In today's racing world, it will be interesting to see where these horses go next. The Breeders' Cup is nine weeks away and yet, we will probably only see these horses race once. Two races would be the most as the training world continues to want to train instead of race their horses.
Flower Alley's win today was also a victory for "old school" training tactics. Old time horsemen up here will still tell you that a race over the track is critical. Pletcher ran in the Jim Dandy here instead of the Haskell at Monmouth and the dividends came in today.
With Bellamy Road going in the Travers, Lost in the Fog (Lost Soldier) looked like he would have things his own way in the King's Bishop (G1). Despite training in a bar shoe and running over a track that was deeper than most tracks he has competed over, it was no contest as the undefeated sophomore sprint sensation extended his win skein to nine with a dominant 4 3/4-length win over the late-closing Social Probation (Jules).
The King's Bishop was was over at the start when Russell Baze, in his first ride ever at the Spa, gunned Lost in the Fog to the front and no one went with him. His first quarter of :22.09 was easy for him and he turned up the heat with a :22.52 second quarter. The barrel-chested colt leveled off in the stretch and his run through the lane was awe inspiring. The final margin was 4 3/4 lengths but it could have been as wide as Baze wanted.
Trainer Greg Gilchrist said that this was their Kentucky Derby and he was brilliant. Speed-favoring track or not, Lost in the Fog was great and Gilchrist indicated after the race that they will spend the $90,000 and supplement him to the Breeders' Cup Sprint (G1) after a prep in Southern California.
If you were able to watch the ESPN coverage of the Saratoga races, you got to see an insulting, idiotic interview with Lost in the Fog's owner Harry Aleo before the race. The talking head from the all-sports network asked Aleo how much his colt is worth, why he doesn't sell him and how does him running in the King's Bishop today compare to his soldier's experience in the "Battle of the Bulge." I thought the 86-year-old Aleo was going to strangle the guy. Luckily for the interviewer, Aleo wasn't channeling George S. Patton or it could have gotten ugly. It was the stupidest series of questions ever heard since some dopey reporter asked the doctor that performed the liver transplant operation on Mickey Mantle how the donor was doing. Aleo seemed hard of hearing, and thank goodness for the reporter, who would have been slapped silly back in the day. Go Harry!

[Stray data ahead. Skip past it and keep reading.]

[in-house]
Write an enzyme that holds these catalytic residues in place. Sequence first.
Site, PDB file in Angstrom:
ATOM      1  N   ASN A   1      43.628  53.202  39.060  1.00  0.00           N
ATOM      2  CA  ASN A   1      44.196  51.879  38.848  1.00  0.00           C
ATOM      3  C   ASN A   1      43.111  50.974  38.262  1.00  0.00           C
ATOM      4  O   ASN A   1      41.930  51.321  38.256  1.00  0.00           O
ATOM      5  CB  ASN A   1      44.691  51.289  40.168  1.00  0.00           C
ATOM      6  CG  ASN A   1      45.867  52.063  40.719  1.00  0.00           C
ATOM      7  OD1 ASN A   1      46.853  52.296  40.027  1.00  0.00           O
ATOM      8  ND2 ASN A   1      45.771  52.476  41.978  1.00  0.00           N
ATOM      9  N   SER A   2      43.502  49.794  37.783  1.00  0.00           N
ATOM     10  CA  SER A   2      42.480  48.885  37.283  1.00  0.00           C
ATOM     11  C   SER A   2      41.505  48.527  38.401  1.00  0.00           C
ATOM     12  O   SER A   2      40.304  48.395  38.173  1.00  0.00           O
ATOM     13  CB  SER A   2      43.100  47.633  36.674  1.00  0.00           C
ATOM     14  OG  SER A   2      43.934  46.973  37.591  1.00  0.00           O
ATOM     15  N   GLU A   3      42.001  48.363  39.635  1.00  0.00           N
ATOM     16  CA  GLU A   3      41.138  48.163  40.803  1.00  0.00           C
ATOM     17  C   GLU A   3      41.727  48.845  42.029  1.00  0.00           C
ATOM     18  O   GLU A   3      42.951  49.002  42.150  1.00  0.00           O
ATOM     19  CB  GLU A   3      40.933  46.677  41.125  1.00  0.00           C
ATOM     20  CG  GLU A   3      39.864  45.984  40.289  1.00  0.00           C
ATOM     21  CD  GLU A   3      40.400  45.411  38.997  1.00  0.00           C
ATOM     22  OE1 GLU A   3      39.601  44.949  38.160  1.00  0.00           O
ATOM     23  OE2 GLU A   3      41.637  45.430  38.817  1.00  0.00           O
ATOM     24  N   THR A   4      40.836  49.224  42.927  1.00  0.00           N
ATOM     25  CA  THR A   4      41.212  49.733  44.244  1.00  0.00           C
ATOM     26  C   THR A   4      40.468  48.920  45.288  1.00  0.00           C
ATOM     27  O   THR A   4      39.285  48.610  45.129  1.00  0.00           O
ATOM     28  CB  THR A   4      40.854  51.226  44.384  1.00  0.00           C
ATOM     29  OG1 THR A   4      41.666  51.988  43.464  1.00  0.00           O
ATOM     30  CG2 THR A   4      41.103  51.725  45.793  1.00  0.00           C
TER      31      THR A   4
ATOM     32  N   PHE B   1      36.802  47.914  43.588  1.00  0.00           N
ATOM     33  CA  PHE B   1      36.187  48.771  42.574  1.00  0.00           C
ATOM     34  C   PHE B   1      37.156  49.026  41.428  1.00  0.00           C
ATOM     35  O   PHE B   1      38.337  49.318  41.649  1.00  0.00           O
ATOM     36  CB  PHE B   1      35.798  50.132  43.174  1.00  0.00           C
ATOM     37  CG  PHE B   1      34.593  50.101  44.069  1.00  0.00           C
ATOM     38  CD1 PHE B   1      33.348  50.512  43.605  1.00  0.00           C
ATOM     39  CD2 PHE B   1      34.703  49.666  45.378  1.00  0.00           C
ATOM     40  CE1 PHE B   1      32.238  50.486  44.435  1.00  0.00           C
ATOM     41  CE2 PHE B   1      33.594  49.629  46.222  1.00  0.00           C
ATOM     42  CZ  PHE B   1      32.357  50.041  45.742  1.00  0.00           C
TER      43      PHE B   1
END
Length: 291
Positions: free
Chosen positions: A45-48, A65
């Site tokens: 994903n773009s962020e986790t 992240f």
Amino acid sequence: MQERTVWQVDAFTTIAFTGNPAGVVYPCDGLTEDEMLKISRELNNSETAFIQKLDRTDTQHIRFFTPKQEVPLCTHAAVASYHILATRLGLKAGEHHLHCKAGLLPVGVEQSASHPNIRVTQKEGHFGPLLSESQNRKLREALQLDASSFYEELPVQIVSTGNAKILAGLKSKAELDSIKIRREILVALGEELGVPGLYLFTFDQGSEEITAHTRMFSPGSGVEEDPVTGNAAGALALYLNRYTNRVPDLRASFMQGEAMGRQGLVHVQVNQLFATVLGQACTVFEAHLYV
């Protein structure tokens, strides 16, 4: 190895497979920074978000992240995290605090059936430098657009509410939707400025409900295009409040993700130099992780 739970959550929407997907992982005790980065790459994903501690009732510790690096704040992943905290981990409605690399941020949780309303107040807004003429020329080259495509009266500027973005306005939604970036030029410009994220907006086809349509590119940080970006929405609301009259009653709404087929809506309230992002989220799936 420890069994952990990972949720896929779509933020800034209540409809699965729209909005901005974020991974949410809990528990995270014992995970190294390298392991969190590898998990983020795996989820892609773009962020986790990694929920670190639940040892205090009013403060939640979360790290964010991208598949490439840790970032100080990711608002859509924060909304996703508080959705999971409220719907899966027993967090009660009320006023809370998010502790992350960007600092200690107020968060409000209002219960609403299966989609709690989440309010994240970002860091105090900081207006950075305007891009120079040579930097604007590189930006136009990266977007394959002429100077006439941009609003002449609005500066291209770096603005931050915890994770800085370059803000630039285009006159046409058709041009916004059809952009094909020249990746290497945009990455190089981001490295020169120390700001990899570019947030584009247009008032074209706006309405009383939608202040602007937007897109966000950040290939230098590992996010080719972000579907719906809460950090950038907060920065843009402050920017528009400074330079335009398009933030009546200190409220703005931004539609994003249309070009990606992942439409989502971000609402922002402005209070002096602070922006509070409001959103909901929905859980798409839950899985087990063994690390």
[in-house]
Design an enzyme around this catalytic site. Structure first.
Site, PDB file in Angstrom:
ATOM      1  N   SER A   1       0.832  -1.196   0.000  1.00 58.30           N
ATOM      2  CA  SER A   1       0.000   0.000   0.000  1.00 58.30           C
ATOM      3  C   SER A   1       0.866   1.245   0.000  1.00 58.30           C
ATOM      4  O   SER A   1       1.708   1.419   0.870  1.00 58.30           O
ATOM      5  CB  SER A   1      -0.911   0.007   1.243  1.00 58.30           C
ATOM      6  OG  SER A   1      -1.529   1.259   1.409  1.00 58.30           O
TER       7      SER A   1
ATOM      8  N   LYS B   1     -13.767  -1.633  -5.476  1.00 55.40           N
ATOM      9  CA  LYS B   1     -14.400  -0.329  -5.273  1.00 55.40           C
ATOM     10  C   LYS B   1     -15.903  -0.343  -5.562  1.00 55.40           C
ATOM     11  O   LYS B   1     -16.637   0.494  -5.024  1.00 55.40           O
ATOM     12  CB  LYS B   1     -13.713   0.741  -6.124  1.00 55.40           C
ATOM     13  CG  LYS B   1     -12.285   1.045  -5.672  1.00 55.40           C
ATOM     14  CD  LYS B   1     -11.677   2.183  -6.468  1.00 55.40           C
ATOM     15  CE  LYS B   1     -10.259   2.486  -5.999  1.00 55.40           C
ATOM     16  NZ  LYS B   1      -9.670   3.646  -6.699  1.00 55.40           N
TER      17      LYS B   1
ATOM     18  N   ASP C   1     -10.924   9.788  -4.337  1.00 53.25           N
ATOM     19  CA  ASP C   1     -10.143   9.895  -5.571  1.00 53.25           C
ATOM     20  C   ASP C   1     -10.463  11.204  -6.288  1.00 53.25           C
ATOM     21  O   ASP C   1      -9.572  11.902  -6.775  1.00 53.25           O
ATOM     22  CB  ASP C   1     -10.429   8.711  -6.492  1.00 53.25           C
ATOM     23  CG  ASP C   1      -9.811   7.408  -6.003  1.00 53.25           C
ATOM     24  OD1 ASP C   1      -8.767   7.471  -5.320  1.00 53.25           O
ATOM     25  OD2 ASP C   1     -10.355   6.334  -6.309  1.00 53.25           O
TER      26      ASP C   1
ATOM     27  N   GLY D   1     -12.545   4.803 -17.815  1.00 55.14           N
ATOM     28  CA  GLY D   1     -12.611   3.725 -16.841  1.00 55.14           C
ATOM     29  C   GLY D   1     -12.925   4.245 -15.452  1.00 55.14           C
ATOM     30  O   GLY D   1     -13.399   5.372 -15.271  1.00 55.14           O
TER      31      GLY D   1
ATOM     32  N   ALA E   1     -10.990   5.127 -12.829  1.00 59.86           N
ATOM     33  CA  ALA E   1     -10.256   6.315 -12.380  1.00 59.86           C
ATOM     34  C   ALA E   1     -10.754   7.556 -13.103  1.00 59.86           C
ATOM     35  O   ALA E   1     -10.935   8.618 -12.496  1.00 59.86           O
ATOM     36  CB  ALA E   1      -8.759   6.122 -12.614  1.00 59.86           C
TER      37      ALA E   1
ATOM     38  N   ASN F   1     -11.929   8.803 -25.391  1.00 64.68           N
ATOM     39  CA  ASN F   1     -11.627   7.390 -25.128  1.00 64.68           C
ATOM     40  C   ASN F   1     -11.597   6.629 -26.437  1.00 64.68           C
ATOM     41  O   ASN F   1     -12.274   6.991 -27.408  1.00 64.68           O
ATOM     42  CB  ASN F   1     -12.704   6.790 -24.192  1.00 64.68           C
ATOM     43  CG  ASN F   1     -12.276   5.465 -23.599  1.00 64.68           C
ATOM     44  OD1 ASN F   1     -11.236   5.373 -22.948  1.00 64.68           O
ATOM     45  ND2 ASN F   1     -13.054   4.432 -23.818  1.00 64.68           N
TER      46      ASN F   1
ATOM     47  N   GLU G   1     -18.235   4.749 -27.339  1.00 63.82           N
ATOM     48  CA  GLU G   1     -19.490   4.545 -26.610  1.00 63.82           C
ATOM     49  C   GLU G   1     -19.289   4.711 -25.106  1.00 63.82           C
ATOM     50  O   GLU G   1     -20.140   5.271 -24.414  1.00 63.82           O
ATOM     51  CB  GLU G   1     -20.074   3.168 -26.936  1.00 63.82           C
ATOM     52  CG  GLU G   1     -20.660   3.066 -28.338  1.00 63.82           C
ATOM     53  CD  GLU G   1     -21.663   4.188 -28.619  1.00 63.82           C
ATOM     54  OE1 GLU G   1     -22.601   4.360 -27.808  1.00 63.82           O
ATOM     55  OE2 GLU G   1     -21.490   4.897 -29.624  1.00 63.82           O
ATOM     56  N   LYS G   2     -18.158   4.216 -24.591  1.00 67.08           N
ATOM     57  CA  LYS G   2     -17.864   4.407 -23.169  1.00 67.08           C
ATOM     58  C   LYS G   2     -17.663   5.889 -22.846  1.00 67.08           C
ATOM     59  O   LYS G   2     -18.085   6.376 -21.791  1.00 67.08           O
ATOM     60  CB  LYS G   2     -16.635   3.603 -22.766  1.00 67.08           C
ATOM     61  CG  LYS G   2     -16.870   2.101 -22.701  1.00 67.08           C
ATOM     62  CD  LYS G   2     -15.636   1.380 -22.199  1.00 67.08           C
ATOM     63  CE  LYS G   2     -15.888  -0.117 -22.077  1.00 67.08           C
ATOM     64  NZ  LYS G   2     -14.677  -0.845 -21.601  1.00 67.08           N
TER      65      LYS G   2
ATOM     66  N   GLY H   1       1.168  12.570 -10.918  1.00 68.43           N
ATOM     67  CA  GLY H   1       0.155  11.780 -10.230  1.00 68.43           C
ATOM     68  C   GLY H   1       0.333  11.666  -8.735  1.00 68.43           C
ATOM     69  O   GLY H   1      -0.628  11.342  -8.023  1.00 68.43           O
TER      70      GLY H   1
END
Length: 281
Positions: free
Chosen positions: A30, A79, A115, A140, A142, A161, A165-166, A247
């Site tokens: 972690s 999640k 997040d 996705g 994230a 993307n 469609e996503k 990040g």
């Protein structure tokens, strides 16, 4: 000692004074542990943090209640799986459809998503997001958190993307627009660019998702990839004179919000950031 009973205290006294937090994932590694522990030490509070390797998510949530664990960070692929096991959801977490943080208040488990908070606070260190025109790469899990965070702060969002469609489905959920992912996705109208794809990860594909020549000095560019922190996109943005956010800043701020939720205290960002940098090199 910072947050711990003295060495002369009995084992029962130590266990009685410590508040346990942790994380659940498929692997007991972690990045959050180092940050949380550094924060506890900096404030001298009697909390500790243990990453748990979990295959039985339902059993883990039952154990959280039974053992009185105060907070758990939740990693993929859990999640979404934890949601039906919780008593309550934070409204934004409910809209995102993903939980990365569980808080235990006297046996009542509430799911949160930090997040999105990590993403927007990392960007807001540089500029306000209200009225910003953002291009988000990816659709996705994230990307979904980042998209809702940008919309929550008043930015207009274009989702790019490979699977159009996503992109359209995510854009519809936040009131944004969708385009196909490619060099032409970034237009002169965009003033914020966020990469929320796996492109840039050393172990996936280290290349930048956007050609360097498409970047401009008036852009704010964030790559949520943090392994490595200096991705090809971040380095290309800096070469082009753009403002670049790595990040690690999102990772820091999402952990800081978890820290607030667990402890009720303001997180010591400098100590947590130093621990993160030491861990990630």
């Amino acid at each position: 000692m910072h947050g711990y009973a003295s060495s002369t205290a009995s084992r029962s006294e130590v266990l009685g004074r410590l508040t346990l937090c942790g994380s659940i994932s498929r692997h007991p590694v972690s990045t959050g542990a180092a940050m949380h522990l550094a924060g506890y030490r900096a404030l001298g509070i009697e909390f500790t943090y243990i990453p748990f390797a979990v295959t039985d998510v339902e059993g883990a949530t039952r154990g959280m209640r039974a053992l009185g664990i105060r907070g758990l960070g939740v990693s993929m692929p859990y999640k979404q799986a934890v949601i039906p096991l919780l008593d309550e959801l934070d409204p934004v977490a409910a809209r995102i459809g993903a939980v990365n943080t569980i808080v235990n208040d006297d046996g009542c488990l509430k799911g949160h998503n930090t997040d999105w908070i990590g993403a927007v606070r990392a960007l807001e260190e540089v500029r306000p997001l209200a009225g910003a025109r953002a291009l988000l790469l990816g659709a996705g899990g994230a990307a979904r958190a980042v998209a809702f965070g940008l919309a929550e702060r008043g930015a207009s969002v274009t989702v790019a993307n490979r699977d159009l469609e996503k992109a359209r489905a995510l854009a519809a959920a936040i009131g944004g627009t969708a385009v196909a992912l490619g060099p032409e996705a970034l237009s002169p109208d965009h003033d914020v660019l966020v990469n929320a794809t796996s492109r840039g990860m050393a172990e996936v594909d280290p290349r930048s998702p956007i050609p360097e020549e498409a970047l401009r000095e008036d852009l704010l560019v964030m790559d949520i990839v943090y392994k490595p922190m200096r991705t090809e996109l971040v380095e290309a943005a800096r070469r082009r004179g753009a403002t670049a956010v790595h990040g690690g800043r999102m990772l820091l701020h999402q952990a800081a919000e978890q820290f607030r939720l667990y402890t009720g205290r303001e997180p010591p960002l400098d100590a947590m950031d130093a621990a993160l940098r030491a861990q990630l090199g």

Isn't it great that ESPN is doing more horse racing?
The Hopeful (G1) looked like a two-horse race between Henny Hughes (Hennessy) and FIRST SAMURAI (Giant's Causeway). And it was. Newly-acquired Too Much Bling (Rubiano) gunned to the front for Bob Baffert and Javier Castellano. First Samurai and Bailey took up chase and Henny Hughes was farther back in third with Gary Stevens.
Too Much Bling gunned through the first half in :44.81 and was justifying his private purchase by Stonerside Stable around the far turn. Bailey began to turn up the pressure and Henny Hughes was being used hard by Stevens to make up any ground.
Just like in his allowance win here last out, First Samurai poured it on in the stretch and drew off to an easy 4 1/4-length win with Henny Hughes back in second. It was another length back to Too Much Bling, who held on gamely as the early pacesetter.
It was Bailey's sixth Hopeful win and Brothers' first. After the race, an impressed Bailey said that we might not have seen the best of First Samurai.
"He shook loose at the top of the stretch, but that was the second time he lugged in," the jockey said. "But he's young, and we hope it's just a learning process. He has shown he has a lot of room for improvement, especially if he cuts out the two-year-old stuff."
Henny Hughes had been undefeated in three starts before today and he picked a bad time to be a couple of lengths behind down the backstretch. He tried hard but you have to suspect that his sprint pedigree will catch up to him as the races get longer. It would be interesting to see if Darley Stable will try the Lost in the Fog route and keep him sprinting.
Horses to Watch
5TH - WOOD BE WILLING (Pulpit) was victimized by a dawdling pace as the top two speed horses went gate to wire. With his pedigree he'll get better with distance.
6TH - POLITICAL FORCE (Unbridled's Song) should have been scratched at the gate after melting down and then had a nightmare trip.
5TH - Jimmy Toner sends out first-time starter SARAH SUPREME (Golden Missile) in a two-turn turf event for juvenile fillies. Her dam has produced stakes horses in Ireland, her workouts are terrific and Edgar Prado rides.
9TH - Forest Music (Unbridled's Song) had things her own way last out but six furlongs seems to be her best distance. BANK AUDIT (Wild Rush) was an even third last out against the favorite and should handle the stretch out to seven furlongs from a better post with Ramon Dominguez.